As the years went on, and I continued to “live the dream”, I eventually got wind of a newly opened ski shop in town. In the fall of 2007, I walked through the doors of Outdoor Elements for the first time and met a fellow named John. It wasn’t until after I had put in my order for a pair of Head Supershape skis, availing of my Canadian Ski Instructor Alliance pro-deal, that I found out he was the owner. While the details of that initial conversation are a bit foggy, I had literally gone in for a pair of skis, and come out with a job. No resume, nothing but a handshake, and a “see you on Wednesday”. Progression in my career was happening, without me really even realizing.

Still at UNB, now embarking upon the completion of a BEd, I had arranged a pretty groovy schedule for myself. Wednesdays were a day off for me and of course the weekend was fair game. I told John this and quite quickly thereafter I was making the trek back to Sussex, from Fredericton, every Wednesday in addition to the weekend. My life consisted of 4 days of school, 2 days at Outdoor Elements (Wednesdays and Saturdays) and a day of instructing at Poley. I was fully immersed within any and all ski industry aspects that the “Dairy Capital of the Maritimes” had to offer.

John rapidly became the older brother I never had. He was passionate about skiing (and the outdoors in general), like I was becoming, and it showed in his work ethic and his lifestyle. This passion and drive to “make it”, in our industry, was something that continually rubbed off on me. Work, at Outdoor Elements, didn’t feel like work. Don’t get me wrong, there were some long days and long nights at the shop. There were days where my knees were red and sore from kneeling and fitting boots for hours on end and there were nights where Red Bull was the only thing to keep you going, on a late night ski tuning binge. Even still, I was beginning to buy into the lifestyle which we were selling, and my thoughts turned to how I’d like to do this for a living myself. The ski industry was officially for me.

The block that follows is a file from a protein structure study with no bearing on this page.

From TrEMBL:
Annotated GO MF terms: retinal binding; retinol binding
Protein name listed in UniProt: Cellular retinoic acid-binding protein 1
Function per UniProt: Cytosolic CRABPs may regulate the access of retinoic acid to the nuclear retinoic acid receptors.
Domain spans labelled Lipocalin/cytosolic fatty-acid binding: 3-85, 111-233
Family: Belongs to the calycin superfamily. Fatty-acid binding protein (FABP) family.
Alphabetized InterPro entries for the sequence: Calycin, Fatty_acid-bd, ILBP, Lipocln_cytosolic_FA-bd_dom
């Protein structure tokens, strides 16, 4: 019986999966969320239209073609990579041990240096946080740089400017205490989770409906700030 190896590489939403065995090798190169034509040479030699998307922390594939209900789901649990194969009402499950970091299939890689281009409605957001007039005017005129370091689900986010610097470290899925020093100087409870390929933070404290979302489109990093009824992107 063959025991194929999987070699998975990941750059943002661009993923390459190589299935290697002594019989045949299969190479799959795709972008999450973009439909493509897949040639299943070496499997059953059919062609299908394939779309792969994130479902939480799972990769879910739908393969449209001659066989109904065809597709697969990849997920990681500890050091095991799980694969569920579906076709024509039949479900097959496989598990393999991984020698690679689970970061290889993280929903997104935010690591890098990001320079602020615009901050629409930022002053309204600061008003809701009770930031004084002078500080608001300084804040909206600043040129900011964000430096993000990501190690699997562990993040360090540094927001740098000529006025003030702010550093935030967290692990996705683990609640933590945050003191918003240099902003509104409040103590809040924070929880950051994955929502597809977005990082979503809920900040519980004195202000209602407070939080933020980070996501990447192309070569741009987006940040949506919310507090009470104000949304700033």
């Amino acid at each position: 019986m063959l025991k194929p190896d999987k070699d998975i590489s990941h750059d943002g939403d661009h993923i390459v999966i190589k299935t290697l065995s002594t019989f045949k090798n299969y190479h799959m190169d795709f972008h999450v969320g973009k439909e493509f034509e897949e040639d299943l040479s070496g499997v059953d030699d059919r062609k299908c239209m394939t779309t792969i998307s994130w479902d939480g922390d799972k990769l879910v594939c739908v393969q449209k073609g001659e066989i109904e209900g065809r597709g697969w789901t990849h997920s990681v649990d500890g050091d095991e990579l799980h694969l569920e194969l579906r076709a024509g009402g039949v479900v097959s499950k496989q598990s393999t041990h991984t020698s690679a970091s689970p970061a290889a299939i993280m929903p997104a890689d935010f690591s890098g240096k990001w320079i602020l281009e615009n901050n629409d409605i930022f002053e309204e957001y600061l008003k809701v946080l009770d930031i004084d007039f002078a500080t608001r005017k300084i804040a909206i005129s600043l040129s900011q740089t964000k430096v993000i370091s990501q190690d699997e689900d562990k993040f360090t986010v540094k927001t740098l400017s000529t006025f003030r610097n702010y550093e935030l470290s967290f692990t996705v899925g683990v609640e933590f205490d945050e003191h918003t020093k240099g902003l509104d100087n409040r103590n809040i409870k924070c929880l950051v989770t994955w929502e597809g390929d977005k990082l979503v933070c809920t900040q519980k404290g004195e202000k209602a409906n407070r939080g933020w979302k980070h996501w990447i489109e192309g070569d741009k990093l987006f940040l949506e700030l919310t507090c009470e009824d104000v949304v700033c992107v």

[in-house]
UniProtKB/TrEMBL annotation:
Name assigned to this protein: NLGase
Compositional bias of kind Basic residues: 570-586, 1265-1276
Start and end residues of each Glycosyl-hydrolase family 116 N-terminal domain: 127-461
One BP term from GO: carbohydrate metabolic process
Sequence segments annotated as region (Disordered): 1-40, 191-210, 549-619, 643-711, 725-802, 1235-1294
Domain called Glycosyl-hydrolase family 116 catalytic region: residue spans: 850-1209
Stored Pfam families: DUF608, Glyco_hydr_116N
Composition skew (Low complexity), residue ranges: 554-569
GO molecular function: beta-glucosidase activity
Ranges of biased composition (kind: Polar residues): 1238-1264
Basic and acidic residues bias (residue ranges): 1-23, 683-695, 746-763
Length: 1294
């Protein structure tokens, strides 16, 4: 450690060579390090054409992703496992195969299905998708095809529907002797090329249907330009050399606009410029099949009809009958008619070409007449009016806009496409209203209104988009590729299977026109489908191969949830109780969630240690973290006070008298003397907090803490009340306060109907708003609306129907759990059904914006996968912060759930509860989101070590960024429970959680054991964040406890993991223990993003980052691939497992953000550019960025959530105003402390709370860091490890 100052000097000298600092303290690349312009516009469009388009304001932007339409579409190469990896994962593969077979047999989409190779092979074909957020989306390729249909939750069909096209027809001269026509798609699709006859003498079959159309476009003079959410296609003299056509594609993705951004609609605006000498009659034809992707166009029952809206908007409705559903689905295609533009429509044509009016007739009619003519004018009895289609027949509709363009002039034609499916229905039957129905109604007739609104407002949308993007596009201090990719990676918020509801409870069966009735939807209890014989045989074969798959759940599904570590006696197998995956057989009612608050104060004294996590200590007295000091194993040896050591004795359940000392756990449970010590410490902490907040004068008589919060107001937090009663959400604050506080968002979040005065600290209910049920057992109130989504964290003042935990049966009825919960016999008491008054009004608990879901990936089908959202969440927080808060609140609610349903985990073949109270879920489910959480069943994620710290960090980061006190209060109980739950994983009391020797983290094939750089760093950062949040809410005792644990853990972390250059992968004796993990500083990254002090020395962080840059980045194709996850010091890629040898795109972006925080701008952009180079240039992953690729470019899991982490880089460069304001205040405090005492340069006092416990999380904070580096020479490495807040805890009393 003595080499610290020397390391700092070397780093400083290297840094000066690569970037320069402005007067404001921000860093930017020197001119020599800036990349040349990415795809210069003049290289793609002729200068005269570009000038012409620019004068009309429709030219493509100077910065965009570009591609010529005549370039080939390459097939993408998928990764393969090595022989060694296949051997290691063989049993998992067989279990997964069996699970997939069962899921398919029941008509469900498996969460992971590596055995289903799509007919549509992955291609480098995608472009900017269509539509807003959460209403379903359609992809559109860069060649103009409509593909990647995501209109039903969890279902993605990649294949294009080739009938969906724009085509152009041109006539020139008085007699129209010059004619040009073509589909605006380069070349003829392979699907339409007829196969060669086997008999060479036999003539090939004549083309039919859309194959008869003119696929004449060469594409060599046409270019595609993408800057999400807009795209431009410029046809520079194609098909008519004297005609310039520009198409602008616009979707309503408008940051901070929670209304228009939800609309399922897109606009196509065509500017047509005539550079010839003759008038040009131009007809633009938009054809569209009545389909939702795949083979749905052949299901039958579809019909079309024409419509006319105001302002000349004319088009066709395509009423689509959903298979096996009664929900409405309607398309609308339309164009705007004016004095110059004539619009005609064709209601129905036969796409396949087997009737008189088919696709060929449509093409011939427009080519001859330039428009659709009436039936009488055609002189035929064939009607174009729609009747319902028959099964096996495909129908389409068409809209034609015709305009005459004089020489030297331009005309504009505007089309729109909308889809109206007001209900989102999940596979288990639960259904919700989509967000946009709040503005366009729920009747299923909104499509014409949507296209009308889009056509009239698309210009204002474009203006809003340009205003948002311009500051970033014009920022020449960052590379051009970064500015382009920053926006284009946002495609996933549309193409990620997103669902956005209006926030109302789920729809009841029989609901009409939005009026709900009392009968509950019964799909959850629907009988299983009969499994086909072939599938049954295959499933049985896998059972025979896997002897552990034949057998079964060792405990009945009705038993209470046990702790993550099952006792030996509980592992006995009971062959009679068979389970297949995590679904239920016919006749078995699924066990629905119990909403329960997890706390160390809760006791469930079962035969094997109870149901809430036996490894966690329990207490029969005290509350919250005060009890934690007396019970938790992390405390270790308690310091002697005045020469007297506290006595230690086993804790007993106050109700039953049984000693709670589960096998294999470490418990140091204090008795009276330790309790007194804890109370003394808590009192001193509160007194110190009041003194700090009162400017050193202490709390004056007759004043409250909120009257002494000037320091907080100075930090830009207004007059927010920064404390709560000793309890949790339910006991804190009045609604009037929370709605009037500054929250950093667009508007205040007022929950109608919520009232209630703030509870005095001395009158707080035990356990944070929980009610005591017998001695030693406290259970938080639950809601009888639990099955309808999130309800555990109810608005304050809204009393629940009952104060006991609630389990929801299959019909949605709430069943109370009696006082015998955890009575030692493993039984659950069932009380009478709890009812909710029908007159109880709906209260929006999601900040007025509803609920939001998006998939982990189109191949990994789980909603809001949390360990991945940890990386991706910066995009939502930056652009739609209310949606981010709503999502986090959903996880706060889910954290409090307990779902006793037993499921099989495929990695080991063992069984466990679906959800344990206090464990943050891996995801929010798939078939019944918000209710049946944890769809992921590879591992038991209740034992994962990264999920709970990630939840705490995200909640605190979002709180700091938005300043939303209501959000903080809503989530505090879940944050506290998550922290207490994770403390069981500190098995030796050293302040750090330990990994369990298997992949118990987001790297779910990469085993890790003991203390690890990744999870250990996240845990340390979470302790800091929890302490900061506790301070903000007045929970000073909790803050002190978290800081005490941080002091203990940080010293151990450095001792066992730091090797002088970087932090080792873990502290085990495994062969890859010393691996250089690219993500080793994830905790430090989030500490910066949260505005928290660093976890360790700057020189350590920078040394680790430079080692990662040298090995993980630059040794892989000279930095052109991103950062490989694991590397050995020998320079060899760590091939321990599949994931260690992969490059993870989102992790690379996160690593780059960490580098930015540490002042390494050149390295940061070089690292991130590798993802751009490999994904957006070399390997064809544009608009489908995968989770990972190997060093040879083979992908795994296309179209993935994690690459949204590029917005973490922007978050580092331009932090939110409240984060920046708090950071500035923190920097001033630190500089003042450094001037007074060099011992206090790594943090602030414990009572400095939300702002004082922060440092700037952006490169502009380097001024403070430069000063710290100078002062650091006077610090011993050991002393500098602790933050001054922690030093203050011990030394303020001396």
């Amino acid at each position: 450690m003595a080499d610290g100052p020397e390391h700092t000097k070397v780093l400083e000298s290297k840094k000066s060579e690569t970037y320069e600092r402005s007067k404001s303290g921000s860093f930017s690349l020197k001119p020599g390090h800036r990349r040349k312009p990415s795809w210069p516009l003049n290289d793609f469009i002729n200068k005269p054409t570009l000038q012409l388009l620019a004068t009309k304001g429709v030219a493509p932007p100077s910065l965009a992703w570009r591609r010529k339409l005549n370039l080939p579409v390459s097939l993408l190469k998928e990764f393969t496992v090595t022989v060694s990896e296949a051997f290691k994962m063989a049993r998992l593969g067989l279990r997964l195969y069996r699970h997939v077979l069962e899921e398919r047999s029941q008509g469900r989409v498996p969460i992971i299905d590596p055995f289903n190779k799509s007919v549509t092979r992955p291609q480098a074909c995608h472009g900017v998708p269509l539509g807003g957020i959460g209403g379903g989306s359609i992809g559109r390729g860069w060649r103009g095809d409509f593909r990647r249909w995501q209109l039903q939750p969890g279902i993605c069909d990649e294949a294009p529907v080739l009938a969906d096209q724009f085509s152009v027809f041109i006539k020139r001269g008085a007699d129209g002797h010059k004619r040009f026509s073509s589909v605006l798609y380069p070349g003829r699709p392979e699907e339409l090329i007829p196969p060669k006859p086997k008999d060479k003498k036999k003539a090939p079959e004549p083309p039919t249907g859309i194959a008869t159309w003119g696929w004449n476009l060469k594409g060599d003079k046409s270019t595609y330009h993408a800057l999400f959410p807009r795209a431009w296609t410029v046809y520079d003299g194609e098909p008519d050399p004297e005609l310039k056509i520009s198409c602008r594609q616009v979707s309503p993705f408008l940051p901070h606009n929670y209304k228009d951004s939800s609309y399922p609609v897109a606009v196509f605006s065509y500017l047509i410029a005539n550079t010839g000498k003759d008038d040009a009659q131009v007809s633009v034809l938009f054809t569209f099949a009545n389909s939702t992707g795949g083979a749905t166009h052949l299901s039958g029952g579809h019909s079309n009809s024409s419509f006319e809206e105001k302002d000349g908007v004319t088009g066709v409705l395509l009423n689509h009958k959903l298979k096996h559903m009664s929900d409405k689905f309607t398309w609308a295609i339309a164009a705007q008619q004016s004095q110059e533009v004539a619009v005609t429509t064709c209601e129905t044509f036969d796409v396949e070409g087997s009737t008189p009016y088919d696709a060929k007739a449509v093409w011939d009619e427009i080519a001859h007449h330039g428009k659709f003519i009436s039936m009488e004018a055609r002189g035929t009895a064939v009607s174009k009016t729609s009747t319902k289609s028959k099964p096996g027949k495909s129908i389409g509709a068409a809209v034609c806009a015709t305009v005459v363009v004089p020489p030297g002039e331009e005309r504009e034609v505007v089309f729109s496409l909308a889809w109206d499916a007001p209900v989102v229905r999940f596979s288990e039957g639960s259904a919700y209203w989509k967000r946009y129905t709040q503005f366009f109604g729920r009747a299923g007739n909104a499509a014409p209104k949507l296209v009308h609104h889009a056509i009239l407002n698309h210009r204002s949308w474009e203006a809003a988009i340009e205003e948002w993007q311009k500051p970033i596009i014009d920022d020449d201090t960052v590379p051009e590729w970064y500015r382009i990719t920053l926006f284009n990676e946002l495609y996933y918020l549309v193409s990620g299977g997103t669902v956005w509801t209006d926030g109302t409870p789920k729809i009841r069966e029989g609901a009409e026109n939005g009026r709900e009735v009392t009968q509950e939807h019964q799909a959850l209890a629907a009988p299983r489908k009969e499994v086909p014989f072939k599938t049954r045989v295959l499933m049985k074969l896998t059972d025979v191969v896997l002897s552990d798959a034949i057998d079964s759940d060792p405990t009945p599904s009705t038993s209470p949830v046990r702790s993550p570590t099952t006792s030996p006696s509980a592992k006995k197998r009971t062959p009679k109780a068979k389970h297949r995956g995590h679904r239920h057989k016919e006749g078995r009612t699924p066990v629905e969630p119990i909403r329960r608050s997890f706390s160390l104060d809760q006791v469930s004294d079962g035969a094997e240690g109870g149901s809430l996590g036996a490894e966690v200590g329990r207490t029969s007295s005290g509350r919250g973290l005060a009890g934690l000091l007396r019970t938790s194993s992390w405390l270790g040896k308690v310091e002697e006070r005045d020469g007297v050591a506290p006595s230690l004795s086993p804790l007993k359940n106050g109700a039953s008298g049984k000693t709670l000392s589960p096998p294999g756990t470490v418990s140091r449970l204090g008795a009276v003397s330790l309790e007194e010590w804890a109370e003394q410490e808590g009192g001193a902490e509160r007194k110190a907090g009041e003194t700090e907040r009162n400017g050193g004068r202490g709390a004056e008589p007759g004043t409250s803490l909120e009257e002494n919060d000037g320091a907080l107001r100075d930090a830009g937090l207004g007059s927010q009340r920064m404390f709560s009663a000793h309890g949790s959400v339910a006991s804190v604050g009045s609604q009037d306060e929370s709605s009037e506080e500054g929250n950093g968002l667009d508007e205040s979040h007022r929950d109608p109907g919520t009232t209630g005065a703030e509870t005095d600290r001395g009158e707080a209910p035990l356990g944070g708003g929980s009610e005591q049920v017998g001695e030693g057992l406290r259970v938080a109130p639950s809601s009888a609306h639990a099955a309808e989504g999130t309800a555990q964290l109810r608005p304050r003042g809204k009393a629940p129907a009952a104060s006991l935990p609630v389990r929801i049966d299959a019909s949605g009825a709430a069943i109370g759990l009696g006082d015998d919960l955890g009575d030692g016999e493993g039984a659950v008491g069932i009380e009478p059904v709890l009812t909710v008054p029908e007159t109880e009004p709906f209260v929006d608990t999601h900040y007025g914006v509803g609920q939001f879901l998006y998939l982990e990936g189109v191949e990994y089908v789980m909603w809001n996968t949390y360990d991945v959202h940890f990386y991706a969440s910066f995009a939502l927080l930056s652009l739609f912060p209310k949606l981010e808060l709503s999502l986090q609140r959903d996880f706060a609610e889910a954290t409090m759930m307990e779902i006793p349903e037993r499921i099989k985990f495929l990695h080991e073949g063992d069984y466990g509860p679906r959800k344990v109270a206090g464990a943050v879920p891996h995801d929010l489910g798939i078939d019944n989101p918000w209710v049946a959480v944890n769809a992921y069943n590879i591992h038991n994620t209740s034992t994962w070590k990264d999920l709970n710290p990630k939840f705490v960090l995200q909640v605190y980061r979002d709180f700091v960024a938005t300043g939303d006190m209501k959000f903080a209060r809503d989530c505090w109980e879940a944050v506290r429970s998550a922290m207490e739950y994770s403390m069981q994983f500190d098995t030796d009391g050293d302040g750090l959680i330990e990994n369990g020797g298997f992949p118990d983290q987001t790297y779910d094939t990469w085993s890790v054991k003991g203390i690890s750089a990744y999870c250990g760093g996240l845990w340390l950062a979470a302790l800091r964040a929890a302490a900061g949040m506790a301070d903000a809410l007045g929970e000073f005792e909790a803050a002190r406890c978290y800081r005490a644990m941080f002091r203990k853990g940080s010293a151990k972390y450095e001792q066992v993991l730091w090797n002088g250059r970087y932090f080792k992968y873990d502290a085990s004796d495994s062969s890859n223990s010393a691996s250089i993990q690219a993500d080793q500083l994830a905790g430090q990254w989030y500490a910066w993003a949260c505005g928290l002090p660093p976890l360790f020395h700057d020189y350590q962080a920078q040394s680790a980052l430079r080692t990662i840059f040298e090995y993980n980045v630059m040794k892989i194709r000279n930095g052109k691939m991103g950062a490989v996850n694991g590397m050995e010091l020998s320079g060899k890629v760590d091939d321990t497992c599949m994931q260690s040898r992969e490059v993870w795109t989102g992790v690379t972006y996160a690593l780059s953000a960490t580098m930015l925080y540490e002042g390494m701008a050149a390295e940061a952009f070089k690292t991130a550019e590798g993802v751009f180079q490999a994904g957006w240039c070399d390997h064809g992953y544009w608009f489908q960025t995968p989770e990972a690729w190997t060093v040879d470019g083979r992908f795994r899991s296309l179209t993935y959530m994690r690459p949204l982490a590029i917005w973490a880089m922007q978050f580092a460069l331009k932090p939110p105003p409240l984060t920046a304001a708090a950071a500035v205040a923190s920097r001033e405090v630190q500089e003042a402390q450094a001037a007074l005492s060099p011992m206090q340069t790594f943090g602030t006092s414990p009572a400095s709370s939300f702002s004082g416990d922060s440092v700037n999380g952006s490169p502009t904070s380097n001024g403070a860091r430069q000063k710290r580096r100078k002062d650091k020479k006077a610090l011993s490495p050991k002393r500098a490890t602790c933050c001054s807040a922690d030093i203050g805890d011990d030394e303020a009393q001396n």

Outdoor Elements was really a one man show; well technically it was a 1.5 man show. In those early years, John was really the only full time employee. Zach would be his side-kick in the summer months, fixing bikes, and I become the go-to winter protege, learning to tune skis and putting to use my incessant desire to know everything and about anything that had to do with skiing. To this day, I’ll never forget the first task that I took away from the boss. John’s handwriting, as he’d likely admit, was atrocious. Mine, often noted as “girly” in how neat it was, was easily legible and fit to be seen on the price tags, adorned with the Outdoor Elements logo, that could be found on the back of our products. That first job, menial as it was, was one I found a sense of pride in. “A job worth doing is a job worth doing well”, as they say.

Today, John Mcnair continues to own and operate Outdoor Elements in Sussex, NB. Even after a devastating fire, in September of 2012, his perseverance and dedication to his job, his community, and our industry is astounding. I remain incredibly grateful for the opportunity that was provided to me. Not only was my time, as part of the team at OE, an income to help me get by, but it was an experience which helped me to learn and grow; in essence, to find myself.

I highly doubt that my days in retail are over just yet. After four and a half years working and assisting in the management of ski industry retail, I’m looking forward to getting involved with it again. While I’m not sure, just yet, in what capacity that will be, I’ll always have great experiences and a great mentor, to fall back on. Not bad for small town, Sussex, NB.